Despite the fact that teachers in higher education are much more productive than those of past decades, the general secretary of the American Association of University Professors says "academia is diluting the quality of education."

Ernst Benjamin told Utah State University administrators and faculty recently that the teacher-student ratio in 1984 was 17.2 students per faculty member.He said that ratio was between 10.2 and 10.8 in the 1940s and 1950s, and at an all-time low of 8.4 students in the 1960s.

"While some teachers take satisfaction from this new productivity, it has come at the expense of huge introductory classes, lost contact with full-time tenured professors and use of more and more part-time teachers," Benjamin said.

He said the need for students to work while going to school has had an increasing effect on education, with the average student now taking six years to earn a degree instead of four.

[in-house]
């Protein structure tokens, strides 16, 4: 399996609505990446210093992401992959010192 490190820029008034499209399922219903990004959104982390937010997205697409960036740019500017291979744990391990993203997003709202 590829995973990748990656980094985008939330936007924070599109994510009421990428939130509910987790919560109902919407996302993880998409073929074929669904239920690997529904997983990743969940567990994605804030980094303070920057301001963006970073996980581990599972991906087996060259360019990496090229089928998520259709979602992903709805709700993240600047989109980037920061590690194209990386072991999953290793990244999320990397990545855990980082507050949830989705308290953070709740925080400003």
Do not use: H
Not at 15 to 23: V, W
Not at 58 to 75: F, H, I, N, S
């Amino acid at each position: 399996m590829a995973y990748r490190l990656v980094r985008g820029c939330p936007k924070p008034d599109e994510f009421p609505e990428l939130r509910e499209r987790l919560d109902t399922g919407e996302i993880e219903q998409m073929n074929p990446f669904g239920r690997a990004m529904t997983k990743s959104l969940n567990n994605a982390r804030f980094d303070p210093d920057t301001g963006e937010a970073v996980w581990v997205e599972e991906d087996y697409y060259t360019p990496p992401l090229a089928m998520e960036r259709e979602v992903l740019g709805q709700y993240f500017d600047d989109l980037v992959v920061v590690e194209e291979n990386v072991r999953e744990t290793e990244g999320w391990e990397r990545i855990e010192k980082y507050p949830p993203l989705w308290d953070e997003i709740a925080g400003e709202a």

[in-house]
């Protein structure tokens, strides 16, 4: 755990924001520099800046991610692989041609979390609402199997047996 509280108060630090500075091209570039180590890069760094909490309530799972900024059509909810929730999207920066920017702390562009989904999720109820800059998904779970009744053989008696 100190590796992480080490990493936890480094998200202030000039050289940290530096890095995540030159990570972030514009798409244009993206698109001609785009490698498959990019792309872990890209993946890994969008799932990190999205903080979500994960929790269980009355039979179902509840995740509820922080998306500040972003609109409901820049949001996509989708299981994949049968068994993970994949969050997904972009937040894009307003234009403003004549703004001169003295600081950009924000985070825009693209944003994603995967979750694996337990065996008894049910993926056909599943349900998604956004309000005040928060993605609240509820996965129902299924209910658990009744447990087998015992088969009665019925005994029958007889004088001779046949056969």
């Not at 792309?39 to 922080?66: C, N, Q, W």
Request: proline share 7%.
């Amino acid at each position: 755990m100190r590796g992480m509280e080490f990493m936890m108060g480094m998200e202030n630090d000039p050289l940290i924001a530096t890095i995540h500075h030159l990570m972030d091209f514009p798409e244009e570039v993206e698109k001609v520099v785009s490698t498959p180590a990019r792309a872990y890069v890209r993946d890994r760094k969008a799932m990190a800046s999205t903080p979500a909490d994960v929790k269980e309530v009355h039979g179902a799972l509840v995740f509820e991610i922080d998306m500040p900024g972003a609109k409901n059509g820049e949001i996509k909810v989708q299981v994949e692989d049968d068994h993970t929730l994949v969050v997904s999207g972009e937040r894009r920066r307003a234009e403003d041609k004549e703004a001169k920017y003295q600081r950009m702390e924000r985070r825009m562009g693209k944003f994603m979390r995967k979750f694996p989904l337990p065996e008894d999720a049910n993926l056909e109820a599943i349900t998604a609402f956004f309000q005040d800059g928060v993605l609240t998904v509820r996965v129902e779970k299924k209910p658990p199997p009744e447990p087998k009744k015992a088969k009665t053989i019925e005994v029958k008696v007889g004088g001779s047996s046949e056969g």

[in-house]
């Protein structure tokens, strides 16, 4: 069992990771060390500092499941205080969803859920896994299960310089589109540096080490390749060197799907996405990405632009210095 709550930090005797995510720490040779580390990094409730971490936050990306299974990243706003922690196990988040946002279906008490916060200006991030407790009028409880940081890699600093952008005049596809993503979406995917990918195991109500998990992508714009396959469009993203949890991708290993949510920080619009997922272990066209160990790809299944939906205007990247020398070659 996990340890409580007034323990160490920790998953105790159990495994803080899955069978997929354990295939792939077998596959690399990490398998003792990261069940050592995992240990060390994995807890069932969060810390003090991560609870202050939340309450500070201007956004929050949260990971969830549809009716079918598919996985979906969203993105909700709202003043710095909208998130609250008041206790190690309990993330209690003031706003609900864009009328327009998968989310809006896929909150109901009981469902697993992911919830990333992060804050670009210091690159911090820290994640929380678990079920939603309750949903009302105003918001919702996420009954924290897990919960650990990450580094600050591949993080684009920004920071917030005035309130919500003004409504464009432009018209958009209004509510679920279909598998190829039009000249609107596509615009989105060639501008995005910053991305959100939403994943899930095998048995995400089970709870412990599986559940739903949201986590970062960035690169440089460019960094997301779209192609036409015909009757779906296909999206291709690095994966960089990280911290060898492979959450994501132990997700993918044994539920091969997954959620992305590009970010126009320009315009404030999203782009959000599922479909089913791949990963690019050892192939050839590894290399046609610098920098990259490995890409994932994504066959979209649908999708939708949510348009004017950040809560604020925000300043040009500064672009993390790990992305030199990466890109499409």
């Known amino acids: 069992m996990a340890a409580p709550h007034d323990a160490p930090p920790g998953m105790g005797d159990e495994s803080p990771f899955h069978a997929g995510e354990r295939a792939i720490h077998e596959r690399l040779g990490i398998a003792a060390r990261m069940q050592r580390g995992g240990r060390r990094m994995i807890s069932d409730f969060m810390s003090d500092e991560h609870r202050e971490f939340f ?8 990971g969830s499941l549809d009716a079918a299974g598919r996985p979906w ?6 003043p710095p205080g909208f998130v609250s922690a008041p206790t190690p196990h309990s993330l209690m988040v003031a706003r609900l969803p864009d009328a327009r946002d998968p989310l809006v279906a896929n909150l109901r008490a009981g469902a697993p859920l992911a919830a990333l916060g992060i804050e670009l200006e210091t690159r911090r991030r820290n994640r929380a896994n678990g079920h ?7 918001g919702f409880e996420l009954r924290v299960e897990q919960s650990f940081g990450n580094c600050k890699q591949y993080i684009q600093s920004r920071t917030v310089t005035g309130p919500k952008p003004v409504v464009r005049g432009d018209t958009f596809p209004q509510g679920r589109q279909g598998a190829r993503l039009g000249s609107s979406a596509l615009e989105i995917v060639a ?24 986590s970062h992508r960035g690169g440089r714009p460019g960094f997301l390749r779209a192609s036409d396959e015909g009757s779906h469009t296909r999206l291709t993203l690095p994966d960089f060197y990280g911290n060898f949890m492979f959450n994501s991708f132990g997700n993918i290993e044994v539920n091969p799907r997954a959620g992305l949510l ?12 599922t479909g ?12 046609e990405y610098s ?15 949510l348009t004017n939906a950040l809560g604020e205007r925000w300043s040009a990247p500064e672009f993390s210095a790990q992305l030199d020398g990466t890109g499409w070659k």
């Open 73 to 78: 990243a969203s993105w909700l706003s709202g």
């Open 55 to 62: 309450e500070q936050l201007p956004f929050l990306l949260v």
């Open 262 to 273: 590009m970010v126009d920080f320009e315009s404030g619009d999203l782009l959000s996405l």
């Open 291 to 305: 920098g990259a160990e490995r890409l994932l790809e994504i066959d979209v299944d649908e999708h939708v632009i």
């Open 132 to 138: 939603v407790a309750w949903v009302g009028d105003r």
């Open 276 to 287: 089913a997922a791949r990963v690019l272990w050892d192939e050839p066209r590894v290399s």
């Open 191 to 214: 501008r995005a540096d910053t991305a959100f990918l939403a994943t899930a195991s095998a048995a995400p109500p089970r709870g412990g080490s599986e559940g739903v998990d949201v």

"We are diluting the quality of education with part-time teachers and part-time instructors," he said.

He also said ongoing threats to the financial security of institutions and faculty members is causing negative shifts in research, with professors taking on more commercial or applied research at the expense of basic, creative efforts.

"A less-secure faculty will take on more research in order to publish voluminously at the expense of class preparation and student interaction," Benjamin said.

He also said he had advice for USU professors when asked by the governor how they can improve productivity.

"Just say you gave at the office," he said.